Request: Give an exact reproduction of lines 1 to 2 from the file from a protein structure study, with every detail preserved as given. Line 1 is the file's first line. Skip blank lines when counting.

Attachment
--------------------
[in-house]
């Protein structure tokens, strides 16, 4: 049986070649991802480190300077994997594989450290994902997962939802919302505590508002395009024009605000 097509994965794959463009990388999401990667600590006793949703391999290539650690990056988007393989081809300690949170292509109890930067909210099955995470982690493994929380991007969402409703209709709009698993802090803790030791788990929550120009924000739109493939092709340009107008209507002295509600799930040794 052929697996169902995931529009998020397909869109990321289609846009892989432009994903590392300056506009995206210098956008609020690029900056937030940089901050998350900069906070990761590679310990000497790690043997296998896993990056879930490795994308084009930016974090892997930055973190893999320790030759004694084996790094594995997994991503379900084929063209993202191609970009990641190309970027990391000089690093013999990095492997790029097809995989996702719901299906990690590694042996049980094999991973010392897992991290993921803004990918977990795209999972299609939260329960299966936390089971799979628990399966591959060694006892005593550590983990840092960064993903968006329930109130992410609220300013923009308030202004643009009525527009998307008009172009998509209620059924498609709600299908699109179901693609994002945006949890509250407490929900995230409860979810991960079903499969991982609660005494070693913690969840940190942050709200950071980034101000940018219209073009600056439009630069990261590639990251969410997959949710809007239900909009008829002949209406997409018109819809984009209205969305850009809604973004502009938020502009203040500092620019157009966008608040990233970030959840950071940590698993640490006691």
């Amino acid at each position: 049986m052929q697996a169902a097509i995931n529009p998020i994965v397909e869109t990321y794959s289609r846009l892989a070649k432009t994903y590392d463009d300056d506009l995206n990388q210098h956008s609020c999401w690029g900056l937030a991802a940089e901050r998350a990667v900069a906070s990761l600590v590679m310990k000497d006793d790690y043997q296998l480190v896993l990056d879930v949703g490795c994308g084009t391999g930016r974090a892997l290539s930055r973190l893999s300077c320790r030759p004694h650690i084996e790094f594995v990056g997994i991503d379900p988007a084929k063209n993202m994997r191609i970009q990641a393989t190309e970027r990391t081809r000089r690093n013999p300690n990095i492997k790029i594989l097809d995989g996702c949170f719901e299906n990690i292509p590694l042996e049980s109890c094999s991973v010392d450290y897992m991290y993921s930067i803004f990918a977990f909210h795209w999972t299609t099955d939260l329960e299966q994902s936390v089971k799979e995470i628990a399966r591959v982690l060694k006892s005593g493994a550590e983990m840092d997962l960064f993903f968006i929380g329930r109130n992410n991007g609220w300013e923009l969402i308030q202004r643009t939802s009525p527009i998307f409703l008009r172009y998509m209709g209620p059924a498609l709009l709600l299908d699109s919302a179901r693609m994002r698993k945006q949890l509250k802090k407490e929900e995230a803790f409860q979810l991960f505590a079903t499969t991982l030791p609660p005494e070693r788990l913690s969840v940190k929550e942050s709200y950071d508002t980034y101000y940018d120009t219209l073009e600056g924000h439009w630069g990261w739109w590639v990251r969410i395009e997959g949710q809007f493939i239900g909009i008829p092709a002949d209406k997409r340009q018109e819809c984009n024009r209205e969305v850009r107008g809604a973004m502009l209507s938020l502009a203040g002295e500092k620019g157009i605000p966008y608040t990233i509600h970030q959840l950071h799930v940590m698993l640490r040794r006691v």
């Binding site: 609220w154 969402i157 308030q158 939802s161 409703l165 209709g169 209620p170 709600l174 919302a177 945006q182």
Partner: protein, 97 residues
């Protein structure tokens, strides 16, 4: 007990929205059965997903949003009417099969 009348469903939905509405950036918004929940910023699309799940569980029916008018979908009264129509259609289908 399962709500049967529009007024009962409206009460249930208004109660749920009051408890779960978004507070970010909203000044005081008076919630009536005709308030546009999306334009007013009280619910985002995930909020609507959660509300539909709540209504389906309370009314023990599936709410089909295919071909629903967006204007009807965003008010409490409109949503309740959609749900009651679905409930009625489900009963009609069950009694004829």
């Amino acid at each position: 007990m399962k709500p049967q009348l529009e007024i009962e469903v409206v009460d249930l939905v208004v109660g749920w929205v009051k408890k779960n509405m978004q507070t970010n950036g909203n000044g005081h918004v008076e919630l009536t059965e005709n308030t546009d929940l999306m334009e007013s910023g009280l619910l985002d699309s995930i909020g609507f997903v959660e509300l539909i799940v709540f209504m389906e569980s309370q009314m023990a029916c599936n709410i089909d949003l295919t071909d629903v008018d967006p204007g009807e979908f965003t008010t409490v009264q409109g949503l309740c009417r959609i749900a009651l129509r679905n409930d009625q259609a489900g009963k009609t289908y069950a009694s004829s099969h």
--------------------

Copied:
[in-house]
């Protein structure tokens, strides 16, 4: 049986070649991802480190300077994997594989450290994902997962939802919302505590508002395009024009605000 097509994965794959463009990388999401990667600590006793949703391999290539650690990056988007393989081809300690949170292509109890930067909210099955995470982690493994929380991007969402409703209709709009698993802090803790030791788990929550120009924000739109493939092709340009107008209507002295509600799930040794 052929697996169902995931529009998020397909869109990321289609846009892989432009994903590392300056506009995206210098956008609020690029900056937030940089901050998350900069906070990761590679310990000497790690043997296998896993990056879930490795994308084009930016974090892997930055973190893999320790030759004694084996790094594995997994991503379900084929063209993202191609970009990641190309970027990391000089690093013999990095492997790029097809995989996702719901299906990690590694042996049980094999991973010392897992991290993921803004990918977990795209999972299609939260329960299966936390089971799979628990399966591959060694006892005593550590983990840092960064993903968006329930109130992410609220300013923009308030202004643009009525527009998307008009172009998509209620059924498609709600299908699109179901693609994002945006949890509250407490929900995230409860979810991960079903499969991982609660005494070693913690969840940190942050709200950071980034101000940018219209073009600056439009630069990261590639990251969410997959949710809007239900909009008829002949209406997409018109819809984009209205969305850009809604973004502009938020502009203040500092620019157009966008608040990233970030959840950071940590698993640490006691």